I have been busy of late. I now have a job coach (through HertsMindNetwork) for people with disabilities. He’s helping me reinvent myself as a freelance writer and together we have created a separate website with a portfolio of all my writing work – sharonrosswrites.com. He’s also funded me to go on some courses. One of them was called ‘Writing for pleasure and profit’ – the tutor was amazing and said that to get an article published all you have to do was pitch your idea to an editor in a couple of sentences and then say a couple of sentences about yourself. I had, for some time been thinking about writing an article about a Jewish approach to mental health but the course really gave me the impetus and confidence to share my ideas. I wrote an email to the Jewish Chronicle pitching my idea and hey presto a few weeks later ‘How Judaism could do more to acknowledge mental health’ was published. I’ve also gone on a course about how to get a book published through an agent (ie not self-publishing) in the hope that one day I can publish this blog. The conclusion of the course – writing a book is one task but getting a book published is a quite separate activity that takes a lot of hard work and even if you do get published you probably won’t be able to earn a living from it.
I’ve also found someone who is trying to help me organise myself and my family. To be honest, it seems like a lost cause. I now have a laminated meal planner on my kitchen cupboard with pictures of all the meals that we are supposed to eat on each day of the week – but I never ‘see’ the planner. I know theoretically it is there, but I just am not aware of it when I’m standing in the kitchen trying to work out what we should have for dinner. Nevertheless, the two of us are persevering, in the hope that we find one strategy that will make a difference.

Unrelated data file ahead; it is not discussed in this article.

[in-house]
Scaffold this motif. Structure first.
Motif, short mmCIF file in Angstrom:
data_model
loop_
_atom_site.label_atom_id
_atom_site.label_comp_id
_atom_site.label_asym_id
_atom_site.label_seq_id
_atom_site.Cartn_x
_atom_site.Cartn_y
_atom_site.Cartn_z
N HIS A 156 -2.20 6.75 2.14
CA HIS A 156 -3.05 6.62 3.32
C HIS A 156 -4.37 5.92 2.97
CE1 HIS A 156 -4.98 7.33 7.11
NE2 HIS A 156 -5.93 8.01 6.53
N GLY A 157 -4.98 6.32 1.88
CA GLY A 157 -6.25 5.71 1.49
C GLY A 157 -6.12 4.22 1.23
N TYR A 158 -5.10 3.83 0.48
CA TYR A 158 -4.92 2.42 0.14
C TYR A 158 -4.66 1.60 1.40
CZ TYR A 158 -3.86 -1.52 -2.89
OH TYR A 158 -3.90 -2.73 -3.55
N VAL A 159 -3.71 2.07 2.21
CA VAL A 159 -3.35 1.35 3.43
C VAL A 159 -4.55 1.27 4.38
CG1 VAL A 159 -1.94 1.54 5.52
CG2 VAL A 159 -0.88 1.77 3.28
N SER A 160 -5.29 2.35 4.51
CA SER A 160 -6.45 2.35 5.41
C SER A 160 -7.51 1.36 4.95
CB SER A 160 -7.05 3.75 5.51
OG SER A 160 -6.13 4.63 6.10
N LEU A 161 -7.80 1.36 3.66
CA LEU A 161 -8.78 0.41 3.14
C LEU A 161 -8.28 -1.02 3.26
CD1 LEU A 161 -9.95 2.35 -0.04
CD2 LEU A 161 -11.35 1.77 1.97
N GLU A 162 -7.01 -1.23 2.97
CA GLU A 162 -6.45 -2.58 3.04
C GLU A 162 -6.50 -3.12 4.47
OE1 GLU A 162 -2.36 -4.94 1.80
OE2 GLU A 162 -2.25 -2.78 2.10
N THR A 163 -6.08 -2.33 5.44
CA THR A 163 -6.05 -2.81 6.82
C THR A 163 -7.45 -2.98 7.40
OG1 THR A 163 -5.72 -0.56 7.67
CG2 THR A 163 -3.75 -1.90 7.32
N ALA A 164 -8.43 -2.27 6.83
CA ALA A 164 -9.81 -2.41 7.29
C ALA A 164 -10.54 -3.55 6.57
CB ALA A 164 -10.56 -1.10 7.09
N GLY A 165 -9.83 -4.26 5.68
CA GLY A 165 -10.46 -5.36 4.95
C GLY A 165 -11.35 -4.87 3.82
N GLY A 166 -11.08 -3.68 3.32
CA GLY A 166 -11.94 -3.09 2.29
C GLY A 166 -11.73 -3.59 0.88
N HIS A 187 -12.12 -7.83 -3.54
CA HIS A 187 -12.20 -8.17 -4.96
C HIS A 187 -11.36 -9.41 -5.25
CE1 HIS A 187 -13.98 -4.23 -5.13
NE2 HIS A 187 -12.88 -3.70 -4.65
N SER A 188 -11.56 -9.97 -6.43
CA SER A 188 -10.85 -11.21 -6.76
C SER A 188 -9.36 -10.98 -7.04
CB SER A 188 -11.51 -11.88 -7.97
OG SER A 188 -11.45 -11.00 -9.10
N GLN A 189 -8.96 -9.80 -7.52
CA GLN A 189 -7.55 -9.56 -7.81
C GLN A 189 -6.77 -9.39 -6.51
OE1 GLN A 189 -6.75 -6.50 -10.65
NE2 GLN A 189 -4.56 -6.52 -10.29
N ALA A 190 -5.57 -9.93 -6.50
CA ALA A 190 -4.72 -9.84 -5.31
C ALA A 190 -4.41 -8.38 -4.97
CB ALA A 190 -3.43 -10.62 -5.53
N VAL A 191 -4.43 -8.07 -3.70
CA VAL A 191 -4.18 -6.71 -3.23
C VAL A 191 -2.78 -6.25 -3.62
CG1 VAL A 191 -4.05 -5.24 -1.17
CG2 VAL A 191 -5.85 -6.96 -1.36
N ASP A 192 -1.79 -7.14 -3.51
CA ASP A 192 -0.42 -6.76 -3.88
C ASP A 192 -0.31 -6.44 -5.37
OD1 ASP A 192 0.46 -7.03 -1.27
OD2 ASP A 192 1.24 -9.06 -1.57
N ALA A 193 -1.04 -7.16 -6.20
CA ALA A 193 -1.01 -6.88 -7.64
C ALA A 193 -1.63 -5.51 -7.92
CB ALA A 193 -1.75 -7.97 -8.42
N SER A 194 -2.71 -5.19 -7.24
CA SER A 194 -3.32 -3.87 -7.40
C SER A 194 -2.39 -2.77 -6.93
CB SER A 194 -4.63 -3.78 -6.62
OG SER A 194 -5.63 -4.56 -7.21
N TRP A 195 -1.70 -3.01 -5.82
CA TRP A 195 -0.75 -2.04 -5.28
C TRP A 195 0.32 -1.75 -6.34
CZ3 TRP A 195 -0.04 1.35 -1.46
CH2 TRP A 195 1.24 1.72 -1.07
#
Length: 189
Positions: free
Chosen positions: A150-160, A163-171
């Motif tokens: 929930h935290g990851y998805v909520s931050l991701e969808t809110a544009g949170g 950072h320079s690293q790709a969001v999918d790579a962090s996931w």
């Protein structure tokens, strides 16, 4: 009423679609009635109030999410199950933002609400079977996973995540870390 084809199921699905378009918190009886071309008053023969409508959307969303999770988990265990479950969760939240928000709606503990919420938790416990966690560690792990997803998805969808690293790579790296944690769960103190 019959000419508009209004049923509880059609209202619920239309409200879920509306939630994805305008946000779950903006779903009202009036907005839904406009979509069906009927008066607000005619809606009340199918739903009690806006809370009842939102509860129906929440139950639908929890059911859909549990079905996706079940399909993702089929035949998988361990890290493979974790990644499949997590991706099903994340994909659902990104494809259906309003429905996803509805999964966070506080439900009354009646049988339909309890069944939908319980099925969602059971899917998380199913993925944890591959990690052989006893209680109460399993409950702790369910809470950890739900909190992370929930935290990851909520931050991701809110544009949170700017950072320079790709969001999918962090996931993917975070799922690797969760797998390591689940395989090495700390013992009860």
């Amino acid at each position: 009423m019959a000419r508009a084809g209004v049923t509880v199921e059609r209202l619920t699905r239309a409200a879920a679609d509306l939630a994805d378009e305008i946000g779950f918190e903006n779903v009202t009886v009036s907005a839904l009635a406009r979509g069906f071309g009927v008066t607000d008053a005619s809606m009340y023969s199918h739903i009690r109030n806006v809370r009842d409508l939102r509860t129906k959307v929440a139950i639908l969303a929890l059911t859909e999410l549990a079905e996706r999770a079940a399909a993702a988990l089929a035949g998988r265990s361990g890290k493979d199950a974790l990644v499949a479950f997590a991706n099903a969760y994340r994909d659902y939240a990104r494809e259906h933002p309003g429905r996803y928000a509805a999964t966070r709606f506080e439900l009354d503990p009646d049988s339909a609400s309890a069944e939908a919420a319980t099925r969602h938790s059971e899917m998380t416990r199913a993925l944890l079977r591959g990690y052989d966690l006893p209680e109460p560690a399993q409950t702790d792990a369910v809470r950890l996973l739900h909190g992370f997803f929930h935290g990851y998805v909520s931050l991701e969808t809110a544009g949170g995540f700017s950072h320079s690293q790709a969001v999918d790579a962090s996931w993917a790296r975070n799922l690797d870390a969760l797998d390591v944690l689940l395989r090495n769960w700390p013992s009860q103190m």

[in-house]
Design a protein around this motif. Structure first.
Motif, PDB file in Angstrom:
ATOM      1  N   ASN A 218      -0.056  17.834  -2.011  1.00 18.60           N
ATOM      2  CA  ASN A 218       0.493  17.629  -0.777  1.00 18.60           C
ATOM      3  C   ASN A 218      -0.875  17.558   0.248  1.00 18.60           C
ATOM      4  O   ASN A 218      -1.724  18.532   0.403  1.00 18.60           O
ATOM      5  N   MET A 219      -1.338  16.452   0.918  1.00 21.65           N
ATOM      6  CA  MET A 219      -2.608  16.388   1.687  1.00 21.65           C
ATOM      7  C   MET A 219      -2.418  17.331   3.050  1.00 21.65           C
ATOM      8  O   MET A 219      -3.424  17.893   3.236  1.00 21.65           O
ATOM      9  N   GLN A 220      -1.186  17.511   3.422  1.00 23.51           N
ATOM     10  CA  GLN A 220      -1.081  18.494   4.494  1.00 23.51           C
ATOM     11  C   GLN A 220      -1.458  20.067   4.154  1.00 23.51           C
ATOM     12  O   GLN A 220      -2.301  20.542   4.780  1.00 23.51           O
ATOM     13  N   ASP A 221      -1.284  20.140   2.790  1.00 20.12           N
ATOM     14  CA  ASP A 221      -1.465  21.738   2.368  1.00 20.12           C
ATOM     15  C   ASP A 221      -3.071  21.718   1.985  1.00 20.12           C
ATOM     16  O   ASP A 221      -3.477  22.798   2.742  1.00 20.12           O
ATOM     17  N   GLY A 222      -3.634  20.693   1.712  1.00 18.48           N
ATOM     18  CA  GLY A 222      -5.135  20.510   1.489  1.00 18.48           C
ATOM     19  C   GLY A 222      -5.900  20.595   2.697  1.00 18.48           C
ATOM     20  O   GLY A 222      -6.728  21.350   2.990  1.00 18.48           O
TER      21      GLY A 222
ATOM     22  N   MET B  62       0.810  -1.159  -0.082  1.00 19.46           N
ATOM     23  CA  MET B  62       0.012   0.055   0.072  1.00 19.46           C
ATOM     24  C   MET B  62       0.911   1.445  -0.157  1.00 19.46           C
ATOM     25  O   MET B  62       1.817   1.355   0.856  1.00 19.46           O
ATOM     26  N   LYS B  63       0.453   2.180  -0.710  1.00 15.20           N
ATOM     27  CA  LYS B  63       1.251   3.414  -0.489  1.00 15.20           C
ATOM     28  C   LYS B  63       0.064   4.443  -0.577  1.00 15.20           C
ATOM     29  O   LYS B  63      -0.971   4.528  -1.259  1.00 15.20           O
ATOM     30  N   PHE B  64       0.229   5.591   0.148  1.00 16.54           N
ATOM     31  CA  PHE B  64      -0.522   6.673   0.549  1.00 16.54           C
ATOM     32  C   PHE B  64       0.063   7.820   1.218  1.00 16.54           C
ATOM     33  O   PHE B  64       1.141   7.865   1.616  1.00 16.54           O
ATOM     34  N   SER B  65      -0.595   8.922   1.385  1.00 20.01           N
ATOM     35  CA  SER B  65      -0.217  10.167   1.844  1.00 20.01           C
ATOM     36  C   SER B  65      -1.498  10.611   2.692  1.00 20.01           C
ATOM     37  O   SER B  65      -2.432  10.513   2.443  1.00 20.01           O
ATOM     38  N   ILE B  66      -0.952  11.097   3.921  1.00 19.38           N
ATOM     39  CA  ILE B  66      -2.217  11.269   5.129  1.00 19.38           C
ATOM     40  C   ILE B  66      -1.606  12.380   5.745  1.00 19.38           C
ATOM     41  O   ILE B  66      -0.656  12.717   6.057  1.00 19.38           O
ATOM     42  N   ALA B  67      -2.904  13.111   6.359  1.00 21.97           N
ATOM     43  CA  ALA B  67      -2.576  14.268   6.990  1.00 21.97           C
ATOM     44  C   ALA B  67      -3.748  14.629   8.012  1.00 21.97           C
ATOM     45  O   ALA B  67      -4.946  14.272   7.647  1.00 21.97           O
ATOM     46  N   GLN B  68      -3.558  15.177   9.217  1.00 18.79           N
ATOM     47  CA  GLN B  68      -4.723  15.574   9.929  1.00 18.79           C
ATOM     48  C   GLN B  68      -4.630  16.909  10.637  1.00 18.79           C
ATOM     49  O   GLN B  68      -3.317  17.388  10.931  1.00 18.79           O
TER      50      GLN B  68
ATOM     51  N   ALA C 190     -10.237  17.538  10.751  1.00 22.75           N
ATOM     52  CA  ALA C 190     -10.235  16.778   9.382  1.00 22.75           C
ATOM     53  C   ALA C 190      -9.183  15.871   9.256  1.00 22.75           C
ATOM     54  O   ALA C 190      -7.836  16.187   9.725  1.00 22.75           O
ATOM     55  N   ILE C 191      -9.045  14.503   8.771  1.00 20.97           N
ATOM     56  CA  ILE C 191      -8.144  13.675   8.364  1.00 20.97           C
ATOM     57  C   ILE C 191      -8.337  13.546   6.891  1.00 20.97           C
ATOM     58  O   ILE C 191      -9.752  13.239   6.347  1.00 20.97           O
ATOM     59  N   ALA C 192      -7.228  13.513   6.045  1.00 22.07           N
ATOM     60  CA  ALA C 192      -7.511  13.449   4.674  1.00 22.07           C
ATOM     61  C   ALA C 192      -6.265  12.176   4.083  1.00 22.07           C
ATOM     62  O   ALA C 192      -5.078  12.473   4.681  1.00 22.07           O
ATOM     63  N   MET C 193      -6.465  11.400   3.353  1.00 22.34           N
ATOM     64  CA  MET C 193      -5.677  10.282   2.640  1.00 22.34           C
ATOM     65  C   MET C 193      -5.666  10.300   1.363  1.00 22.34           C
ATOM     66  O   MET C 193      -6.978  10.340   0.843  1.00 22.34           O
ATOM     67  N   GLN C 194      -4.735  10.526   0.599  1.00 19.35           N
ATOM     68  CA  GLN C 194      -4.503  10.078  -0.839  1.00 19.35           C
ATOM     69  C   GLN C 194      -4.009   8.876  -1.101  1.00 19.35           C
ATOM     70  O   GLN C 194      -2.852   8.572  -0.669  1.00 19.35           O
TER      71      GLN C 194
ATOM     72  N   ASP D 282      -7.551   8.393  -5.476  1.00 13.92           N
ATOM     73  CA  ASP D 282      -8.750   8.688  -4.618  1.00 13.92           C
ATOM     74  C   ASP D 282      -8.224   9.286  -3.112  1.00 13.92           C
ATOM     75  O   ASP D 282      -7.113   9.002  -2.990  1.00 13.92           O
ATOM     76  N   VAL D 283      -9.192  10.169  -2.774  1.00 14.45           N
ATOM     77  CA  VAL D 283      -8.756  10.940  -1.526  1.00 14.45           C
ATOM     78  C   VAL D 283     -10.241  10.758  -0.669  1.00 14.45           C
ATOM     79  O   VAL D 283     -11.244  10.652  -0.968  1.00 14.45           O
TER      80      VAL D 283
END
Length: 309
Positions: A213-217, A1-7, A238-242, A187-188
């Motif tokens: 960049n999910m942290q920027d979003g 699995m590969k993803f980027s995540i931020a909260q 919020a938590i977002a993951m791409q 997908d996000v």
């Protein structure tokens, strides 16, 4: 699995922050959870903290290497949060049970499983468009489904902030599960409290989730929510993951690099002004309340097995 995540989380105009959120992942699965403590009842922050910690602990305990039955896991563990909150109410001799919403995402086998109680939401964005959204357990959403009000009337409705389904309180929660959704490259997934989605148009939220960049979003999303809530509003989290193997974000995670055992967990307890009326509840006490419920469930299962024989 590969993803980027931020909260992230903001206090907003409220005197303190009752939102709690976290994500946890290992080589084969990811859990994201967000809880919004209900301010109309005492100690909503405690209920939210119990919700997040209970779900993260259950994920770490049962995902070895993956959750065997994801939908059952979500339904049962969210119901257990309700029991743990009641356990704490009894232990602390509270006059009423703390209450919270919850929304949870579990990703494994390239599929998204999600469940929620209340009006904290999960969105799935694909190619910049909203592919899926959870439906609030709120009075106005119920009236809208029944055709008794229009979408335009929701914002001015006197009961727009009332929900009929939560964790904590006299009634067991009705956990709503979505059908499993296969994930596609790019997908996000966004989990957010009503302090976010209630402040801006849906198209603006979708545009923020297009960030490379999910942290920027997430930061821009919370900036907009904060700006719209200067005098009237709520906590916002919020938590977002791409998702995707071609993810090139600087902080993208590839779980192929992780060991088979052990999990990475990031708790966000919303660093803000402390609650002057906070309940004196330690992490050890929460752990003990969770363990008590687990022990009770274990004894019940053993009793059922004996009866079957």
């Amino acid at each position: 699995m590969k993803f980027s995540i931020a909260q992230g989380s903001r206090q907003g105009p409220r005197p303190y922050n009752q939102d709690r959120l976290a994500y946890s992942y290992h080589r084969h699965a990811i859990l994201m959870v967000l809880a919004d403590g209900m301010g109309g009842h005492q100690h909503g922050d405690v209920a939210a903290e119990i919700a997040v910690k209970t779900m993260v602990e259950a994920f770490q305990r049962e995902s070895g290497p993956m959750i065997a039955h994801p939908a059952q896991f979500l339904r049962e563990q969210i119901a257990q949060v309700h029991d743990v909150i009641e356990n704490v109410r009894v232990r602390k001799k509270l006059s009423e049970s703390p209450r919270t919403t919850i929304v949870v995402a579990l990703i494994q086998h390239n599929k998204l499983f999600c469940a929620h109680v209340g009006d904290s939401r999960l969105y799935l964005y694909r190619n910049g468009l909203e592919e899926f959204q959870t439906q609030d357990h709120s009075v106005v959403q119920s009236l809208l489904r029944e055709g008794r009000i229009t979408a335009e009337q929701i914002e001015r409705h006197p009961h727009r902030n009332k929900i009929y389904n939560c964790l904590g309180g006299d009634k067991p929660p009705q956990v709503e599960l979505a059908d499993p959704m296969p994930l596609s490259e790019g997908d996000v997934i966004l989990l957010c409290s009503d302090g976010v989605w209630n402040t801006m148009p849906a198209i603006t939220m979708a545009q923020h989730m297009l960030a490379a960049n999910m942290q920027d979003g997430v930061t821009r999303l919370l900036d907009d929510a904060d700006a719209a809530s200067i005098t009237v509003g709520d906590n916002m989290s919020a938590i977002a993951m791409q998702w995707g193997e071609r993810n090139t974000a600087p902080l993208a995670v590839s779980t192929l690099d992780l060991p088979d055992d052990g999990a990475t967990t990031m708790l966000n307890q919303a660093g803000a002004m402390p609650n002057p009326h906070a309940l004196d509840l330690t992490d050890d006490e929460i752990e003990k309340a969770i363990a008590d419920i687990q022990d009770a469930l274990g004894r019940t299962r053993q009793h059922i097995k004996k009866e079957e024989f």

It’s also been the summer holidays and I’ve had three growing children to occupy. We’ve got through it and that is some sort of achievement. Still with all this and making bespoke meals for myself every day on the ketogenic diet (I celebrate my one year on the diet in a couple of weeks!), and with the up and coming Jewish festival season, I don’t feel busy. After analyzing what other people say they think about when they feel busy I have concluded that feeling busy involves proactively thinking ahead at the tasks that you need to do to achieve your goals; problem solving when difficulties arise; breaking down large tasks into smaller ones and also getting anxious as to whether you can meet your targets. But I live I live in a fog. I don’t think these things – I just do exactly what I need to do when I need to do it and I get stuff done. Although, some people crave for a world with little anxiety, in practice it’s no fun at all. However, despite my internal lack of busy thoughts I do realise that slowly, slowly I am making progress. My life is somehow moving on.
On the medical front things are also moving forward – although not in the direction that I expected. I tried the CBD oil for three months (in the end not from the naturopath but from a well-known brand that has a reputation for treating epilepsy). I had not noticed any differences in my cognitive function but I was still hopeful. ‘What if,’ I thought to myself ‘the CBD oil was changing the electrical activity in my brain but because I am taking the anti-epileptic drugs, which in some way disinhibit my brain functioning, I don’t notice any improvement the oil was making.’ So, I had an EEG and the results – no change in my epileptiform activity after being on the CBD oil. No change at all.